MV: My son and I have a fairly longstanding habit—we have the same camera, deliberately—so that we could coax each other and teach each other, not really competing, but routinely we steal each other’s photos. Appreciating what he might get, and what I might get. And so it’s really a matter of where you are, and what kind of interest it has for you. I’m not really interested in simply documenting, “I was here.” My son and I typically try to create some kind of lasting interest through the photographs, a sense of beauty. So you’re in the middle of an aspen forest on this ridge. It’s really not very easy to capture. It turned out to be an excellent day, the sun was coming down through the leaves. And yet there were so many of them in that family, that colony, you did want to capture the sense that it kept on going, rather than just capturing one or two trees. You wanted to capture the trees together. So we probably took thirty or forty pictures on that particular day. And there’s also a certain element in the machinery of the camera, you’ve hiked in three or four miles, you want to use it, and to do the best you can with it. I wanted pictures that stood on their own. On this particular trip, we had already done the 14,000 foot, top of the mountain thing. But I enjoyed this trip to the aspens more. It was more beautiful.

Without Water the Trail

NP: The perspective of the photos—one looking up the trunk of the tree, another upward at the canopy—feel like behavior, you know?  It would seem very nature to stand that way and look at the trees that way. The animal body is present, the gestures. Like you say, there’s a kind of lasting interest. When you look back at these photos, do you feel like they are successfully transporting you back to that place and time?

MV: I feel like if you have a good photograph, I almost always remember the moment and the action and the sense of being there and feeling it. At the same time, if you take a bunch of pictures, if you have beautiful aspens, you’re on top of a ridge, the light is perfect. You can’t botch up too many. And part of it, the experience, is that those trees are so tall, and it’s a little bit darker down on the ground. It was just a natural gesture.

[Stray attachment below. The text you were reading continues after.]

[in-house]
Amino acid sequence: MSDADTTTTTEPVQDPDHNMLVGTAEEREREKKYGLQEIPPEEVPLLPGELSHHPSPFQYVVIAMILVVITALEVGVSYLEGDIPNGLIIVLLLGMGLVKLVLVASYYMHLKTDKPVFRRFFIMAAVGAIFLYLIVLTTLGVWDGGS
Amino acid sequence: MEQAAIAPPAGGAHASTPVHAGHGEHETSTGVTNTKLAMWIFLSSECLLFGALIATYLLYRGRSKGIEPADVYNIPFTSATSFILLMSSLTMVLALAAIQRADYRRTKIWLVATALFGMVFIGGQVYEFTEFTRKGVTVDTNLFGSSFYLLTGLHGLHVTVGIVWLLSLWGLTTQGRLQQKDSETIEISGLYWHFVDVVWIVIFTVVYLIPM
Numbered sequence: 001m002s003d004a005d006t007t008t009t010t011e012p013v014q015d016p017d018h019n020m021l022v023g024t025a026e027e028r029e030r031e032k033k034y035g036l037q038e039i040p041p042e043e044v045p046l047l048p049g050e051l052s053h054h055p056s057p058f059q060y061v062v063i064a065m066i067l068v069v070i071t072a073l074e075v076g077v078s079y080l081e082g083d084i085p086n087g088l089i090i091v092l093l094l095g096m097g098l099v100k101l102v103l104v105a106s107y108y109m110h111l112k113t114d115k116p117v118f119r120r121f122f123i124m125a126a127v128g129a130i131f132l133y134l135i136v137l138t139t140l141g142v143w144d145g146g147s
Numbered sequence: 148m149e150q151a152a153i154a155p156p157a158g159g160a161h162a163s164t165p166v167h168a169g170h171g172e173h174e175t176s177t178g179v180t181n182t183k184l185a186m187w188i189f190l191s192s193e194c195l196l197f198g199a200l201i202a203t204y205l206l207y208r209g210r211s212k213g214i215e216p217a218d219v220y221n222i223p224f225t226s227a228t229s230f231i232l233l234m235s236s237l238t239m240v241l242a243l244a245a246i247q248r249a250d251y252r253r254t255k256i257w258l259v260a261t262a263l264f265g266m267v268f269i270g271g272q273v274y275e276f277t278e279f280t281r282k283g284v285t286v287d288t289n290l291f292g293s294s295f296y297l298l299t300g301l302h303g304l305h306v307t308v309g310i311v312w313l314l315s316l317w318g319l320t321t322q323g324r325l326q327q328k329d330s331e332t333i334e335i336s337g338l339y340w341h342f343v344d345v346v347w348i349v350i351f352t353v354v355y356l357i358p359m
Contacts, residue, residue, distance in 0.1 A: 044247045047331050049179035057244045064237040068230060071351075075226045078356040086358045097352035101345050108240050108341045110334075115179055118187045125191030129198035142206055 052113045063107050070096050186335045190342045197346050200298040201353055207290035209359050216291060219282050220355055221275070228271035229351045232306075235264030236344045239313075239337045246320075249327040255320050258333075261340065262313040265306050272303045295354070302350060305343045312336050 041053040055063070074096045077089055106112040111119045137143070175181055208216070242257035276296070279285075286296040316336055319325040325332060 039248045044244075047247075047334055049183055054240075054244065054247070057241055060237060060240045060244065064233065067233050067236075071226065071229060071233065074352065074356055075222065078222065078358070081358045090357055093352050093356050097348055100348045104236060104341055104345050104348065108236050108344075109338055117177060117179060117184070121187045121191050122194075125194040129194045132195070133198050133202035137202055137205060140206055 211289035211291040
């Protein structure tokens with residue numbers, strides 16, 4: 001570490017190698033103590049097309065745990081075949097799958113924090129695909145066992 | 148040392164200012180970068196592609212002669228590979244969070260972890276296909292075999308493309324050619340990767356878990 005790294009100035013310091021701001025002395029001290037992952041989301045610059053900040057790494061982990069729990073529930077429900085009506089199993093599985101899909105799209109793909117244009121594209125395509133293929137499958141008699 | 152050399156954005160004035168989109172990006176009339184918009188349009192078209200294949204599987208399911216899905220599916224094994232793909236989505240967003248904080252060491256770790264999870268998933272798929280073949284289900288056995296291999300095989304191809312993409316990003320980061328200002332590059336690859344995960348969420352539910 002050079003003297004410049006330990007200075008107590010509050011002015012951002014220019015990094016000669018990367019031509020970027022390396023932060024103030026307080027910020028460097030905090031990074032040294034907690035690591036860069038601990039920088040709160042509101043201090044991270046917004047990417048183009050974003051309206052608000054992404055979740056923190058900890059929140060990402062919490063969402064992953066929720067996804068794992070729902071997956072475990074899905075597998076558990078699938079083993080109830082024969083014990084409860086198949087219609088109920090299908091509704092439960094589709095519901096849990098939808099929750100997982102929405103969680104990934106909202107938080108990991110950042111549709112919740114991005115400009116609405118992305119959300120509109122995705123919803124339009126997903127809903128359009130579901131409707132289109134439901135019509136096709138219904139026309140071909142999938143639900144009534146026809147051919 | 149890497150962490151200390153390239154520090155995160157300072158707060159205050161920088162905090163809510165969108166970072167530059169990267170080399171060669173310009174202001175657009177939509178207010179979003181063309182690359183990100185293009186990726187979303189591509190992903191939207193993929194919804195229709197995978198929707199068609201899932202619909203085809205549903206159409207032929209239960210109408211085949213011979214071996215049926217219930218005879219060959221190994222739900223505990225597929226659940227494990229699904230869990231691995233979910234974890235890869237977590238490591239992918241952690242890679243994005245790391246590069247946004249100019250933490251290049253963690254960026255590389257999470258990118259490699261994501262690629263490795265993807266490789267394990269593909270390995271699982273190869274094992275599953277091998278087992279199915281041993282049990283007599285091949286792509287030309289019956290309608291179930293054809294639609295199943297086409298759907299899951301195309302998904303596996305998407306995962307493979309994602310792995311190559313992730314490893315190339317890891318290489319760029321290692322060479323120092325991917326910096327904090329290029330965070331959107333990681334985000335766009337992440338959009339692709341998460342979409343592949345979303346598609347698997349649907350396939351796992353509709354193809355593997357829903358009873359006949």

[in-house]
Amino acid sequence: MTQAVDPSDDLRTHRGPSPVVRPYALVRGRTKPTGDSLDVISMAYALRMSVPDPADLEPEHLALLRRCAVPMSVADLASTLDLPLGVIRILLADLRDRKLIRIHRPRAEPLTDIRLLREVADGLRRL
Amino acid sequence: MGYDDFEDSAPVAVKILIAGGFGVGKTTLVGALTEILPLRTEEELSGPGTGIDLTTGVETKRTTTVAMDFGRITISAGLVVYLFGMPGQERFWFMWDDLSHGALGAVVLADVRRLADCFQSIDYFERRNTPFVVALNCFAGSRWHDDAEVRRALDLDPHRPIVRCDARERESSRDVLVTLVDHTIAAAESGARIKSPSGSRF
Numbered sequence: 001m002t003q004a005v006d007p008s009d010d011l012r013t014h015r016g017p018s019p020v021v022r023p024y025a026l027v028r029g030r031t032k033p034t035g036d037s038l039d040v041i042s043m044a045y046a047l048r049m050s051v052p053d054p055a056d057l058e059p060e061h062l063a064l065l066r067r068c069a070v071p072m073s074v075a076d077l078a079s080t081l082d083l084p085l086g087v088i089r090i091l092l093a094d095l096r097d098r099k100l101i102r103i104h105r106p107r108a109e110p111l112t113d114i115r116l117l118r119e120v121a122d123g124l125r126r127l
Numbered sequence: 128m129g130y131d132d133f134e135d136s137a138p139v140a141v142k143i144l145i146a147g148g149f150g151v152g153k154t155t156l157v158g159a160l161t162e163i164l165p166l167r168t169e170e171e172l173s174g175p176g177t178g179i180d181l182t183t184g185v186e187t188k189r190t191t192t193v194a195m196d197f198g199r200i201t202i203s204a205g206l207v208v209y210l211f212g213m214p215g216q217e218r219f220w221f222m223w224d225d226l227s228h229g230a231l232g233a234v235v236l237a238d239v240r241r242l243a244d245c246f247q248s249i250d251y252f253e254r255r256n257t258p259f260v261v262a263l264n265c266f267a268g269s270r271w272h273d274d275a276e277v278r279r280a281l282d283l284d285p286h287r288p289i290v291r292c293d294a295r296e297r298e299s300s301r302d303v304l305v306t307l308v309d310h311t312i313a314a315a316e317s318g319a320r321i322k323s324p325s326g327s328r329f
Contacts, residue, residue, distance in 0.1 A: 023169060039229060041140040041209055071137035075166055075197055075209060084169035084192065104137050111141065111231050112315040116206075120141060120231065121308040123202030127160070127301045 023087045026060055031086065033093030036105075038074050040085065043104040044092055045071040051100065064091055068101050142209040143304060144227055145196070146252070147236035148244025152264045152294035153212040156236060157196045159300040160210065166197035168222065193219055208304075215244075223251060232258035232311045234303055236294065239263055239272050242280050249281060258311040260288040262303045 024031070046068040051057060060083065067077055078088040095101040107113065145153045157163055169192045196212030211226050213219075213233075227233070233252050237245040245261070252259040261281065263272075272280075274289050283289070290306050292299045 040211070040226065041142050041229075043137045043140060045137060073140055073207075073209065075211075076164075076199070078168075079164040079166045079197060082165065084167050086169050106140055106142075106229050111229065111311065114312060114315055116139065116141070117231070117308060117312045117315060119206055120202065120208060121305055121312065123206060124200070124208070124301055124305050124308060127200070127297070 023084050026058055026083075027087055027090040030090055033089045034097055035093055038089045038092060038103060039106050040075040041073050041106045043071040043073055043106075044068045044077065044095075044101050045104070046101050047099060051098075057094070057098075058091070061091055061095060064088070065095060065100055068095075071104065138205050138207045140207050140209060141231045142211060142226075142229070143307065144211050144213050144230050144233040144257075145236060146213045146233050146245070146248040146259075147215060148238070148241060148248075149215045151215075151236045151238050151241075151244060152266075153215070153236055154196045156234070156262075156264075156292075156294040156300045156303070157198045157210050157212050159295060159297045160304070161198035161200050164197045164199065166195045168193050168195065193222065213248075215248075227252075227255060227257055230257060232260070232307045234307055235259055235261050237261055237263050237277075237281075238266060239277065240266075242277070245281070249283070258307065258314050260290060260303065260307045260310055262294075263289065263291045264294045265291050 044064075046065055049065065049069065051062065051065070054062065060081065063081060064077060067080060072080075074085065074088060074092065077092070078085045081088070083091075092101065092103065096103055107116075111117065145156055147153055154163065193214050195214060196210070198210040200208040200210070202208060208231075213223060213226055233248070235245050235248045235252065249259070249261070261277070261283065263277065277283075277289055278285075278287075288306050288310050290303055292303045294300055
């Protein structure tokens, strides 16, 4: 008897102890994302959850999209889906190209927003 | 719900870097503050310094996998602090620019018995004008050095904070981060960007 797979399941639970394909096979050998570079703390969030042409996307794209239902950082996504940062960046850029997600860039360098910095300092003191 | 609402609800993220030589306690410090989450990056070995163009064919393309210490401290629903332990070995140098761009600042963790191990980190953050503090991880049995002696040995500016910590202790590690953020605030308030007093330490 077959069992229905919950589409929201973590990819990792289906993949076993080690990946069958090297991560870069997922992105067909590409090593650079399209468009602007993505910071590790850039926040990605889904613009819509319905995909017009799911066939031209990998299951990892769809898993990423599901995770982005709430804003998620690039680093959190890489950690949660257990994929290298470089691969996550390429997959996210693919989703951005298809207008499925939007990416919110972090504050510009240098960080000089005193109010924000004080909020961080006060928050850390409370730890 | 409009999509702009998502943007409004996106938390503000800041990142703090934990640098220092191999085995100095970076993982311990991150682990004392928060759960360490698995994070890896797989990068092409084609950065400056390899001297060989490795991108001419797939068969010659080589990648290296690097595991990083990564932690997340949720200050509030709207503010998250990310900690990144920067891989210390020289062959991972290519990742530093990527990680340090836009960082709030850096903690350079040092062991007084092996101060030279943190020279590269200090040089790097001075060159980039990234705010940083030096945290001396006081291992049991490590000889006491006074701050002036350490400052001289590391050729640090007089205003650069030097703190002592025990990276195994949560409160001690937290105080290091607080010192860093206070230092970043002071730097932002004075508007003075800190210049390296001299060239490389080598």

There’s a certain challenge to try to capture trees, in general, in a distinctive way. The woods right behind my barn, not a totally dense woods. The question, can you capture them? I’ve probably taken, in the last five years, 30, 40 pictures, looking through my woods, and not very many of them are—they’re not bad—but they don’t capture…

Aspen Skies

Aspen Plains

NP: This is so interesting. It reminds me of Anaïs Nin’s, claim that “the function of art is to renew our perceptions.” But we see trees so often. They are the dominate species of the planet. They’re everywhere, at least in most of the temperate world. And so it makes sense that you find them challenging to photograph. Our familiarity with them is consummate, how do you go about trying to disturb it? That seems like a challenge you’re taking up .

MV: Yeah, and the lens itself is limited, which is not a bad thing. You’re seeing this much, and you’re not quite sure what you’re going to get once you get the actual photos. I find that I like that it doesn’t matter, if you’re not openly trying to market your photos. You’re doing it for yourself, and maybe your son. When my son takes a photo, he looks at it immediately. But, and maybe this is because I shot so much on film, it’s almost like I don’t want to see it. I want to be surprised later. I like that feeling—it’s not magic or anything, but I want to be surprised by what’s there.

Nathan Poole

Mark Vogel lives at the back of a Blue Ridge holler with his wife, Susan Weinberg, an accomplished fiction and creative non-fiction writer, and two foster sons.  He has published short stories in Cities and RoadsKnight Literary JournalWhimperbang, SN Review, and Our Stories.  Poetry has appeared in English Journal, Cape Rock, Dark Sky, Cold Mountain Review, Broken Bridge Review and many other journals. He is currently Professor of English at Appalachian State University in Boone, North Carolina.